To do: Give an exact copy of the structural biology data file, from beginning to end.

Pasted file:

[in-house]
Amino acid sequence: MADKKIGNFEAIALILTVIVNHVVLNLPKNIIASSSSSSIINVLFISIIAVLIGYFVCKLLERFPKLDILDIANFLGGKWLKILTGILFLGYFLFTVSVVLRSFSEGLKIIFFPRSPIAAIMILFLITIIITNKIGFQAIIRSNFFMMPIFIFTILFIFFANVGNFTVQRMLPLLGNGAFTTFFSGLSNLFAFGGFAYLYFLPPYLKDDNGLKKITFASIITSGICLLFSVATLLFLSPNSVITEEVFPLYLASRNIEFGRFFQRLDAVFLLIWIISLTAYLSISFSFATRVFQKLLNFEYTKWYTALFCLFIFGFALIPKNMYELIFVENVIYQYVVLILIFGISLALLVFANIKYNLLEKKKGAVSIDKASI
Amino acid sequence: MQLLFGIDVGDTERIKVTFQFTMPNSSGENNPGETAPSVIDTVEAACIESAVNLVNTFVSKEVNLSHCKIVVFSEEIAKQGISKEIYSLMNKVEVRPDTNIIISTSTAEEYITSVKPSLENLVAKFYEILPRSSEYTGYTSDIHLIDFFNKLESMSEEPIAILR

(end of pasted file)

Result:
[in-house]
Amino acid sequence: MADKKIGNFEAIALILTVIVNHVVLNLPKNIIASSSSSSIINVLFISIIAVLIGYFVCKLLERFPKLDILDIANFLGGKWLKILTGILFLGYFLFTVSVVLRSFSEGLKIIFFPRSPIAAIMILFLITIIITNKIGFQAIIRSNFFMMPIFIFTILFIFFANVGNFTVQRMLPLLGNGAFTTFFSGLSNLFAFGGFAYLYFLPPYLKDDNGLKKITFASIITSGICLLFSVATLLFLSPNSVITEEVFPLYLASRNIEFGRFFQRLDAVFLLIWIISLTAYLSISFSFATRVFQKLLNFEYTKWYTALFCLFIFGFALIPKNMYELIFVENVIYQYVVLILIFGISLALLVFANIKYNLLEKKKGAVSIDKASI
Amino acid sequence: MQLLFGIDVGDTERIKVTFQFTMPNSSGENNPGETAPSVIDTVEAACIESAVNLVNTFVSKEVNLSHCKIVVFSEEIAKQGISKEIYSLMNKVEVRPDTNIIISTSTAEEYITSVKPSLENLVAKFYEILPRSSEYTGYTSDIHLIDFFNKLESMSEEPIAILR